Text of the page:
"A lot of my teachers are talking about [the election], and I get a lot of information from them, but they've already got their own opinions, and a lot of them are for Gore. Again, they want women to have all the rights. That's fine and everything; I think they should have some rights, but there's another person's right, too. Some people just don't see it that way."
Daniel joins Jeff by declaring his party allegiance. "I'm just voting for Bush because I'm a Republican, and I don't like Al Gore. I don't like what he stands for; I don't like what the Democrats stand for -- what [Jeff] was saying about the whole abortion thing. And I like what Bush was saying about taxes."
Andrea is the first girl I meet who supports Bush, so this time it's I who brings up abortion. Does she fear for her right to choose? Andrea is unruffled. "I think the whole abortion issue has been beat to death. Okay, Bush may be a little more conservative on that, but I don't think we should be so hung up about their stance on that. I really could not imagine -- no matter how conservative the President is -- that anything like that could be overturned. I know he's going to appoint some judges who could change that thing, but I really don't think this country would stand for abortion to be illegal. I'm pro-choice, and I think Bush is, too. He hasn't been real strong about pro-life. I mean, granted, he takes that stance -- probably to get more of the right-wing Christian Coalition vote -- but he's playing the politics game."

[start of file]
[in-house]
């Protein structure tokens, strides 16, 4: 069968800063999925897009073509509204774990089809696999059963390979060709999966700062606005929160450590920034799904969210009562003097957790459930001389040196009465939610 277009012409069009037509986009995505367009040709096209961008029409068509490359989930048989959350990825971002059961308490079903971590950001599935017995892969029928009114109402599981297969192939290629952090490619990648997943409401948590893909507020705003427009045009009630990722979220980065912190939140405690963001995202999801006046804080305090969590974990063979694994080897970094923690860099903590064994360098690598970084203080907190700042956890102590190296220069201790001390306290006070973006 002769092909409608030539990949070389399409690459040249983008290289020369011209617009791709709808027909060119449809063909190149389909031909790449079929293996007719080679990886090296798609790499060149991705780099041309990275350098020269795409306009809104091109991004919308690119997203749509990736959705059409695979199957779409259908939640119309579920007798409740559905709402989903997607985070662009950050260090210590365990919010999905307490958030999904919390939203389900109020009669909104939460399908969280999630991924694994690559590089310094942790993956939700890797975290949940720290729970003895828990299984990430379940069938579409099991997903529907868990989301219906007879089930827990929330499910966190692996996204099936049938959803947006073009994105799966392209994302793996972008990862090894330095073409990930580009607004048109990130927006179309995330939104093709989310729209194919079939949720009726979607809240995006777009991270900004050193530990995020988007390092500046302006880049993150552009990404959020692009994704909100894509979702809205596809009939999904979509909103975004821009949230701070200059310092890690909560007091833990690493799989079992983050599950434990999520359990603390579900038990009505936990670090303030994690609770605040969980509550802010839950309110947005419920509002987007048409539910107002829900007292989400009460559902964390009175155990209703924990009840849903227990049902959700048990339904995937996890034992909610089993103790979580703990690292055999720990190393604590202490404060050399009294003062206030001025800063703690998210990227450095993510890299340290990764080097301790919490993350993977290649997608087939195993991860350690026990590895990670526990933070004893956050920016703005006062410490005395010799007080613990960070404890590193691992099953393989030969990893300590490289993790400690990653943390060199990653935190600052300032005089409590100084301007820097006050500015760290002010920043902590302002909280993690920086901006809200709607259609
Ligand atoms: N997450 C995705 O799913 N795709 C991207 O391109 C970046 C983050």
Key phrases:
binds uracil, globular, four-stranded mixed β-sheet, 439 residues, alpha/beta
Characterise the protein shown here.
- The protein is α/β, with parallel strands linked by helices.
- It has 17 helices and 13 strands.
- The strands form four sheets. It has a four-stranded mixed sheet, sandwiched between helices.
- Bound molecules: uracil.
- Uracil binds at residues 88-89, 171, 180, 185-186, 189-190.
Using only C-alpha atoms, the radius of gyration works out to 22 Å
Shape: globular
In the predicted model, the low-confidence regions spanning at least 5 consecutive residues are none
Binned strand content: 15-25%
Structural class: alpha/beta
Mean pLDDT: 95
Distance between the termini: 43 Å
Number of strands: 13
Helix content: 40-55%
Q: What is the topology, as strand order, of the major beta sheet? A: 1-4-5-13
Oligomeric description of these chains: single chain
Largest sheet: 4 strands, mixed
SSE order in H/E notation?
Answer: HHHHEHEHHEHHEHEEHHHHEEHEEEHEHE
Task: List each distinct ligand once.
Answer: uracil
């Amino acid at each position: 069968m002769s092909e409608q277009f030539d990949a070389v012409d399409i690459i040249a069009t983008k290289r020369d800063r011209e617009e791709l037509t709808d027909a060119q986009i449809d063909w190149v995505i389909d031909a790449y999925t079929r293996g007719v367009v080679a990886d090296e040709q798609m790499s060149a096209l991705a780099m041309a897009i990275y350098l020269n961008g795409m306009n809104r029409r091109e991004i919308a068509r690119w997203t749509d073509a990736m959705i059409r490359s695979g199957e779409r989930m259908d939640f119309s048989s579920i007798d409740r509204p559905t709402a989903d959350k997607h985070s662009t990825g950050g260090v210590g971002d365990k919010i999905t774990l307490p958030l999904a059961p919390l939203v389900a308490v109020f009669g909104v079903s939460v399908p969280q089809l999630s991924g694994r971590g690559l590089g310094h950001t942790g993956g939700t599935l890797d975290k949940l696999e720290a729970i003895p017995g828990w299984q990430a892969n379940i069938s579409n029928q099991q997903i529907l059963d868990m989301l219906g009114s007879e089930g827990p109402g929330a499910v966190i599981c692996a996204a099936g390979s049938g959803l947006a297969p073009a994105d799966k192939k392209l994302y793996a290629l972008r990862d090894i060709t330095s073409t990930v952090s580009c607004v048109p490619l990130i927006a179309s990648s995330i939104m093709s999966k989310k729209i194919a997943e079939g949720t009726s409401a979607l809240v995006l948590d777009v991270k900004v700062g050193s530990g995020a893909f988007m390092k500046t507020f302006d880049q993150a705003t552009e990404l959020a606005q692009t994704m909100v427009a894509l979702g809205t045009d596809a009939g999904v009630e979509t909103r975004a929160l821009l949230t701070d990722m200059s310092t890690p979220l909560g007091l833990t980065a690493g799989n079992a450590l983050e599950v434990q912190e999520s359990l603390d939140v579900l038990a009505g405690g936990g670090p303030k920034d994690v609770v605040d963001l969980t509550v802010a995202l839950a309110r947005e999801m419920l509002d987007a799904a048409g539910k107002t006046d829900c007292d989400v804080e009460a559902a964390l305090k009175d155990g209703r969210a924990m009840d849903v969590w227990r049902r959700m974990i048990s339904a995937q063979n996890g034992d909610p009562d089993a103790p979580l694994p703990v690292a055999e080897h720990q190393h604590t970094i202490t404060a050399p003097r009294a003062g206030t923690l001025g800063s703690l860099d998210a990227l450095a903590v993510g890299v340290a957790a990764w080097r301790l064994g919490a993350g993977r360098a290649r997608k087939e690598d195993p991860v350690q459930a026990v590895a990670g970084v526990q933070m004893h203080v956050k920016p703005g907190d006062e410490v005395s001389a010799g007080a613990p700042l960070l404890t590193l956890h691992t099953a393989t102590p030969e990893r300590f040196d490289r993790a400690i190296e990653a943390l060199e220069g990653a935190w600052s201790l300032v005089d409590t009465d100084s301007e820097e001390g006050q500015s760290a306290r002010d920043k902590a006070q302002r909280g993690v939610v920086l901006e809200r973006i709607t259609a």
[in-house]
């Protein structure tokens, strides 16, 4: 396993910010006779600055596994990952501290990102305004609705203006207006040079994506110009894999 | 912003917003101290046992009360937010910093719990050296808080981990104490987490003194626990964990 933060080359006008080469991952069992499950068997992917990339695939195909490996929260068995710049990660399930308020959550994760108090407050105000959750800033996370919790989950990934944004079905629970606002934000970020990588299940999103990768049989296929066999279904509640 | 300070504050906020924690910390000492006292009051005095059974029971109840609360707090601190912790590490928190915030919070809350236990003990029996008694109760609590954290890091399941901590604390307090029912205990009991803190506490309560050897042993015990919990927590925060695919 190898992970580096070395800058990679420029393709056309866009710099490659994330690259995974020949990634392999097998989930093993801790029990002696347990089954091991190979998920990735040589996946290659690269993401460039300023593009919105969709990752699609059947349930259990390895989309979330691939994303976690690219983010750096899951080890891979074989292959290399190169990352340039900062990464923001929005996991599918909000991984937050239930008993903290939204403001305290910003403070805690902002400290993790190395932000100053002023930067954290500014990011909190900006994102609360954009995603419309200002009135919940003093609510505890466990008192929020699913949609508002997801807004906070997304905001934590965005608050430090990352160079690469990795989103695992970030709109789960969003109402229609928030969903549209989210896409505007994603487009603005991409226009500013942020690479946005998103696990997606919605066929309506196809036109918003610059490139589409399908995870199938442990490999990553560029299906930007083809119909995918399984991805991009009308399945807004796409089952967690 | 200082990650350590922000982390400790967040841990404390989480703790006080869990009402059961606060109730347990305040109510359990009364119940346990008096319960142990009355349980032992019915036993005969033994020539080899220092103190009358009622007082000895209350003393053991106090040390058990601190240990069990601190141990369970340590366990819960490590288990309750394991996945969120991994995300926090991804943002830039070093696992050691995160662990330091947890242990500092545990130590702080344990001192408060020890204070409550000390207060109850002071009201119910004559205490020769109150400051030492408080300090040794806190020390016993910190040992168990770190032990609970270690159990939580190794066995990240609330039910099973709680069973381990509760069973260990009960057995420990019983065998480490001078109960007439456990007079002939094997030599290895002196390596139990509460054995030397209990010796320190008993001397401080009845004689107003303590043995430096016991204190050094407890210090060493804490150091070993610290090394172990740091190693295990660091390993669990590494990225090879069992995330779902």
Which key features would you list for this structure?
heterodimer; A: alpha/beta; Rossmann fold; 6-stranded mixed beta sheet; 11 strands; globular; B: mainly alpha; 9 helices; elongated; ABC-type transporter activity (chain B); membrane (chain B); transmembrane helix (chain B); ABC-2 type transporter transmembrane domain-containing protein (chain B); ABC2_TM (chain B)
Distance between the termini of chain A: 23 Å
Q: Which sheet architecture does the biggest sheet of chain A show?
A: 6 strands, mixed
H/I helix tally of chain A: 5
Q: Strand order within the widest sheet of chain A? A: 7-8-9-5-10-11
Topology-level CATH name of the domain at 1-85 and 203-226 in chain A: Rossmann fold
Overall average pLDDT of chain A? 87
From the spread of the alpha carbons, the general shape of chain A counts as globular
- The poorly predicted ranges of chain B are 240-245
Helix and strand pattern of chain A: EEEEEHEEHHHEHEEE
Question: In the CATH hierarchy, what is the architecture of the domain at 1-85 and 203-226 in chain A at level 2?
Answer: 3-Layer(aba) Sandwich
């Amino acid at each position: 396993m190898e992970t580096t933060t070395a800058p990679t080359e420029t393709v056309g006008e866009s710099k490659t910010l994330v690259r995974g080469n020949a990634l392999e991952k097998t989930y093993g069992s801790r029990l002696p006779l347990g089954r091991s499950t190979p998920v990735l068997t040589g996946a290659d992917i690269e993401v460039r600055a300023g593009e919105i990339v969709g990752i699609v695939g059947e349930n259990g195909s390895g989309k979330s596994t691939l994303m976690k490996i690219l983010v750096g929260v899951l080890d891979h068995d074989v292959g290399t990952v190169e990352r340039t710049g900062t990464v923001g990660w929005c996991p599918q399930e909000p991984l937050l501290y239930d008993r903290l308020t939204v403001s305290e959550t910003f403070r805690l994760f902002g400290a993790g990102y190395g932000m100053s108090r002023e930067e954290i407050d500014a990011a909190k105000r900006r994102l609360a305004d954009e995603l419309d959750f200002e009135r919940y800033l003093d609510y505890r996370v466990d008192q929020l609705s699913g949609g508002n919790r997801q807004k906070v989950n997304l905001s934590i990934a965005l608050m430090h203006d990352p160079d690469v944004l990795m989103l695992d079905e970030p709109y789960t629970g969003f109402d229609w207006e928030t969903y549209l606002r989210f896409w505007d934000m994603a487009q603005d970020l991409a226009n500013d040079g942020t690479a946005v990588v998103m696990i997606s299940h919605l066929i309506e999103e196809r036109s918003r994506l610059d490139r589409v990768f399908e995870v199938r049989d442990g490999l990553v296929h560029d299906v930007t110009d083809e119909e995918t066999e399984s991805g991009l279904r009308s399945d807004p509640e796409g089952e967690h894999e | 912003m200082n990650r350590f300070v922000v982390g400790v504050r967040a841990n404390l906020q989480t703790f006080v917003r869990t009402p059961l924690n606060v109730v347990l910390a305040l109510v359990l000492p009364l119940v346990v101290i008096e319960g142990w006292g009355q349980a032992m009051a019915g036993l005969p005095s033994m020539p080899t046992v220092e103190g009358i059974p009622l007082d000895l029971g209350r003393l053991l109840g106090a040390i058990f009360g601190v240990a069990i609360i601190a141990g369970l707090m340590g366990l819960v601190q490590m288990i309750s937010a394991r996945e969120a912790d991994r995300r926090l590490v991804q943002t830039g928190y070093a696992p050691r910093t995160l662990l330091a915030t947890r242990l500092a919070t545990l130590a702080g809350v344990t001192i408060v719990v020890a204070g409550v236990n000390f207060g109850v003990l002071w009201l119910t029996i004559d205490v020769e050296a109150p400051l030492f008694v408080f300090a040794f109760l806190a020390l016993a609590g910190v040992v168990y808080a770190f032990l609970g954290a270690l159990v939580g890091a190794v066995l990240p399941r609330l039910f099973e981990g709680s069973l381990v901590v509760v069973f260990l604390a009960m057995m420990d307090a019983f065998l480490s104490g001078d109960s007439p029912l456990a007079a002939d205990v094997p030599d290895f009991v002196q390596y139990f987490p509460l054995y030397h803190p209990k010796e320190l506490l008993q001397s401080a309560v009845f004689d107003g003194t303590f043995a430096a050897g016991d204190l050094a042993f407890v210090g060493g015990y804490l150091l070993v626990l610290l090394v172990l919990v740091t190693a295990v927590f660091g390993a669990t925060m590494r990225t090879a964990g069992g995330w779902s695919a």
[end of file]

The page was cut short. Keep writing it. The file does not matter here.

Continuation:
Andrea, a political science major, instead favors other Bush policies -- "flat tax, pro-death penalty...how he puts his trust in people. I'm a big advocate of giving the people more rights. I don't like having the government involved in everything, being the surrogate parent for our kids, making all these programs, making all these bans. I think that people should be able to live how they want to live," she concludes, echoing Rachel from the opposite end of the spectrum.
Andrea likes the notion of people investing their own money instead of leaving it in the hands of Social Security, and she's comfortable with the idea that the wealthy will be rewarded for investing well and having a lot of money. "They pay, what, one-third of the taxes and get one-fifth back? If the wealthy are rewarded, then yeah, dammit -- they worked hard, they should be rewarded." However, she also has faith that Bush's tax plan "will benefit the middle and lower class too, because it's going to take a certain percentage out, instead of more than it should."
Erin, lunching with her friend Jessica, is not so sanguine as Andrea. After Jessica says that she's voting for Bush because "I believe in smaller government, less intervention in people's lives," particularly in regard to health care and government HMOs, she mentions that she differs with Bush "on the pro-choice issue." Erin interjects, "That's the sole reason I wouldn't vote for him. If he were the best candidate in the world, and he wanted to outlaw abortion, I couldn't vote for him." She fears the power of the justices Bush might appoint and concludes, "Even if he wasn't able to do it, I just don't think it's right to enable him to try."